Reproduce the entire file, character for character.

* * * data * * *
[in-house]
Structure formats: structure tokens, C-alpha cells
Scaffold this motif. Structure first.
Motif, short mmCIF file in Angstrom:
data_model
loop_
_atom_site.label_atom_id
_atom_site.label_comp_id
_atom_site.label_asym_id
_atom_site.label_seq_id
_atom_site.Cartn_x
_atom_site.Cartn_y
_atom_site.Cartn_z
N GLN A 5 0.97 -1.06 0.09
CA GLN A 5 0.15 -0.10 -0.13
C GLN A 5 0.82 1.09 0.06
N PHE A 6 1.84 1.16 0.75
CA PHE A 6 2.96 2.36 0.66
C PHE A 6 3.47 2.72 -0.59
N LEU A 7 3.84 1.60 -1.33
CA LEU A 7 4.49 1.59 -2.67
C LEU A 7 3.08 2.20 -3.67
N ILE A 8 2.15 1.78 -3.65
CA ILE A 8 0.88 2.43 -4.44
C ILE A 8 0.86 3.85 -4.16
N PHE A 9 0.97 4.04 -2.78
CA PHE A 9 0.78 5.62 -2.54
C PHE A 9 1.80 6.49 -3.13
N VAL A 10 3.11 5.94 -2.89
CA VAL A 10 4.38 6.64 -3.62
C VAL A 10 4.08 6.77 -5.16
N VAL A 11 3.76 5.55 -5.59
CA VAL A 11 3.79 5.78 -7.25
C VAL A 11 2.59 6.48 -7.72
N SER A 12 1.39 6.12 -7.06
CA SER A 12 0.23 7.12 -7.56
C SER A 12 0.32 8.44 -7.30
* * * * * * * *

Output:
[in-house]
Structure formats: structure tokens, C-alpha cells
Scaffold this motif. Structure first.
Motif, short mmCIF file in Angstrom:
data_model
loop_
_atom_site.label_atom_id
_atom_site.label_comp_id
_atom_site.label_asym_id
_atom_site.label_seq_id
_atom_site.Cartn_x
_atom_site.Cartn_y
_atom_site.Cartn_z
N GLN A 5 0.97 -1.06 0.09
CA GLN A 5 0.15 -0.10 -0.13
C GLN A 5 0.82 1.09 0.06
N PHE A 6 1.84 1.16 0.75
CA PHE A 6 2.96 2.36 0.66
C PHE A 6 3.47 2.72 -0.59
N LEU A 7 3.84 1.60 -1.33
CA LEU A 7 4.49 1.59 -2.67
C LEU A 7 3.08 2.20 -3.67
N ILE A 8 2.15 1.78 -3.65
CA ILE A 8 0.88 2.43 -4.44
C ILE A 8 0.86 3.85 -4.16
N PHE A 9 0.97 4.04 -2.78
CA PHE A 9 0.78 5.62 -2.54
C PHE A 9 1.80 6.49 -3.13
N VAL A 10 3.11 5.94 -2.89
CA VAL A 10 4.38 6.64 -3.62
C VAL A 10 4.08 6.77 -5.16
N VAL A 11 3.76 5.55 -5.59
CA VAL A 11 3.79 5.78 -7.25
C VAL A 11 2.59 6.48 -7.72
N SER A 12 1.39 6.12 -7.06
CA SER A 12 0.23 7.12 -7.56
C SER A 12 0.32 8.44 -7.30